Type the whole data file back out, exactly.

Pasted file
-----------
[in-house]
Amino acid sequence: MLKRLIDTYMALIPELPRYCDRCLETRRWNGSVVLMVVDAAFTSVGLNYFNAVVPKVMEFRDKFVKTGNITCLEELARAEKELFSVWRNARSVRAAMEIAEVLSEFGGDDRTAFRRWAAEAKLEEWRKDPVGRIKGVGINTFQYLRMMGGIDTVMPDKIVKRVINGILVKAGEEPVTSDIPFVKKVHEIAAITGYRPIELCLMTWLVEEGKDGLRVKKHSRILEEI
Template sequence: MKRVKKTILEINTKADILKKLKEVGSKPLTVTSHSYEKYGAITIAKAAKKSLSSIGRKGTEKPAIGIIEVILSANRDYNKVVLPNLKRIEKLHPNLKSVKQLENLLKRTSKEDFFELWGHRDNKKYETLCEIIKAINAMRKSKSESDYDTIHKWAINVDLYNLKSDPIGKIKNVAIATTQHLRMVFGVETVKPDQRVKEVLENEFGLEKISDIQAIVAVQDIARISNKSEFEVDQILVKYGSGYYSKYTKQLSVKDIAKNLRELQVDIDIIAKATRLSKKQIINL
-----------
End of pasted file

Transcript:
[in-house]
Amino acid sequence: MLKRLIDTYMALIPELPRYCDRCLETRRWNGSVVLMVVDAAFTSVGLNYFNAVVPKVMEFRDKFVKTGNITCLEELARAEKELFSVWRNARSVRAAMEIAEVLSEFGGDDRTAFRRWAAEAKLEEWRKDPVGRIKGVGINTFQYLRMMGGIDTVMPDKIVKRVINGILVKAGEEPVTSDIPFVKKVHEIAAITGYRPIELCLMTWLVEEGKDGLRVKKHSRILEEI
Template sequence: MKRVKKTILEINTKADILKKLKEVGSKPLTVTSHSYEKYGAITIAKAAKKSLSSIGRKGTEKPAIGIIEVILSANRDYNKVVLPNLKRIEKLHPNLKSVKQLENLLKRTSKEDFFELWGHRDNKKYETLCEIIKAINAMRKSKSESDYDTIHKWAINVDLYNLKSDPIGKIKNVAIATTQHLRMVFGVETVKPDQRVKEVLENEFGLEKISDIQAIVAVQDIARISNKSEFEVDQILVKYGSGYYSKYTKQLSVKDIAKNLRELQVDIDIIAKATRLSKKQIINL